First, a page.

Freelance exorcist Morgan Kingsley has demon problems like she never expected. To her immense annoyance, she’s the unwitting host for Lugh, exiled king of the demons, who’s using her as a refuge while a power struggle in the Demon Realms shakes itself out. Luckily, Lugh hasn’t possessed Morgan, body and soul, like most demons do when they take a mortal host. No, he only shows up in her dreams, where he’s both a distraction and an enticement, neither one of which she needs in an increasingly-complicated life. Her brother, Andrew, was possessed until recently by Raphael, Lugh’s brother, but with Raphael returned from whench he came, Andrew’s in a coma with no signs of improvement. Things get worse when Morgan learns that the demon equivalent of a sociopath, The Hunter, has been released on Earth in order to hunt down Morgan, aiming to kill her and destroy Lugh at the same time. The Hunter will stop at nothing to get its target, and Morgan’s friends and family are right in its path, as victims or hosts. Worse still, Morgan’s just learned things about her family and heritage that she never even dreamed possible, things which cast her entire reason for being into a new light. Now Morgan has to defeat The Hunter, confront her parents, protect everyone she cares for, and still make a living, all while keeping anyone from learning about the demon in her subconscious. And no matter how hard she tries, someone’s getting hurt.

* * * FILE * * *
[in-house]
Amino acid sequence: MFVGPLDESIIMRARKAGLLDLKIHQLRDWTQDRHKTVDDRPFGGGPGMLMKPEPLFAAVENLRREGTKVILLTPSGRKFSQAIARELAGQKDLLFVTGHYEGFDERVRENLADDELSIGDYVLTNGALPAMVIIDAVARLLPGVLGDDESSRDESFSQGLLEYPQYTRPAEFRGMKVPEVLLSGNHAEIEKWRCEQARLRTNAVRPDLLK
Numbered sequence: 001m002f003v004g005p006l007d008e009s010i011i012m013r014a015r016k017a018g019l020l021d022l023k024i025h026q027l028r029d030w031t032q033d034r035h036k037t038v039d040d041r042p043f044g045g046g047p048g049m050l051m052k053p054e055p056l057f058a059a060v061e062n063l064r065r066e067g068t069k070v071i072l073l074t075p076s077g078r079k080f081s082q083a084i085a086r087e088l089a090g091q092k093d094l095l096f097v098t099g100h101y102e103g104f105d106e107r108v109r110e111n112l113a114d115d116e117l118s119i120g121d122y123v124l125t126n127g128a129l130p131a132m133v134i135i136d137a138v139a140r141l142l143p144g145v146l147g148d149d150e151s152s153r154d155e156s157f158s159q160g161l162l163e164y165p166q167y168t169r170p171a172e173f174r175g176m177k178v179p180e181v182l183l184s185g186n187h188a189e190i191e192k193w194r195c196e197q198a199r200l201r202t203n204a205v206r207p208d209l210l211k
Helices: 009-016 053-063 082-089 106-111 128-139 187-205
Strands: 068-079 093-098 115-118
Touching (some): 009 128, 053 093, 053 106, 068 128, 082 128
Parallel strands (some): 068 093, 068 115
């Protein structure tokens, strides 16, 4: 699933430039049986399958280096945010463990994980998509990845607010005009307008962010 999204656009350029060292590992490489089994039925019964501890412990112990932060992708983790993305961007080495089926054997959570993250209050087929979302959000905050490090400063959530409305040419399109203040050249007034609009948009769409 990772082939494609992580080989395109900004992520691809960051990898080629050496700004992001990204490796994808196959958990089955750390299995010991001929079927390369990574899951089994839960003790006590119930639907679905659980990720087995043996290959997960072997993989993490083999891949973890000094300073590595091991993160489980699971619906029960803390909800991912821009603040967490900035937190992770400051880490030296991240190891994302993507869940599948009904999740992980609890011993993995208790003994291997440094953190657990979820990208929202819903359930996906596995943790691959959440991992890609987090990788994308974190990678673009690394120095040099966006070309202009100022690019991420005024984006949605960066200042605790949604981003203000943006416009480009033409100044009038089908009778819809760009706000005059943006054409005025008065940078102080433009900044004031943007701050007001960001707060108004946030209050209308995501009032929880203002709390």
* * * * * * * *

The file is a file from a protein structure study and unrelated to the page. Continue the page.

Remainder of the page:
The Devil You Know is the sequel to The Devil Inside, continuing the story of a demon-hunting exorcist forced to coexist with the things she hates, fears, and distrusts the most. It’s a strong, fast-moving story filled with plenty of action and character moments. Morgan’s stubborn refusal to change or adapt when it comes to demons does wear thin after a while; I lost count of the number of times she could have made things easier for herself if she extended even a shred of trust, or a kind word, to people clearly trying to help her. Maybe that’s just how the character is, but after a while, it gets repetitive, especially after the multiple learning experiences she ‘enjoys’ as a result. The relationshsips between Morgan and the other characters are interesting, especially with Adam and Dominic, the sado-masochistic gay couple that act both as allies and occasional foils to Morgan’s plans. The two men attract and repel her in turn, mostly because of their willing demon possession (current for Adam, former for Dominic), partly because of Adam’s love of dealing pain to the willing, and it’s fun to watch Morgan struggle with her conflicting attitudes.
All in all, I’d have to say I enjoyed The Devil You Know. This series is fun, with plenty of action – Morgan Kingsley is an asskicking heroine when she cuts loose – and mystery, with bits of romance seeping through at the edges. One might see Morgan and Lugh getting together in some fashion someday, but she’d have to lose a lot of attitude first. Wherever Jenna Black is going with this series, it’s bound to be enjoyable in the end. I’ll be back for the next installment.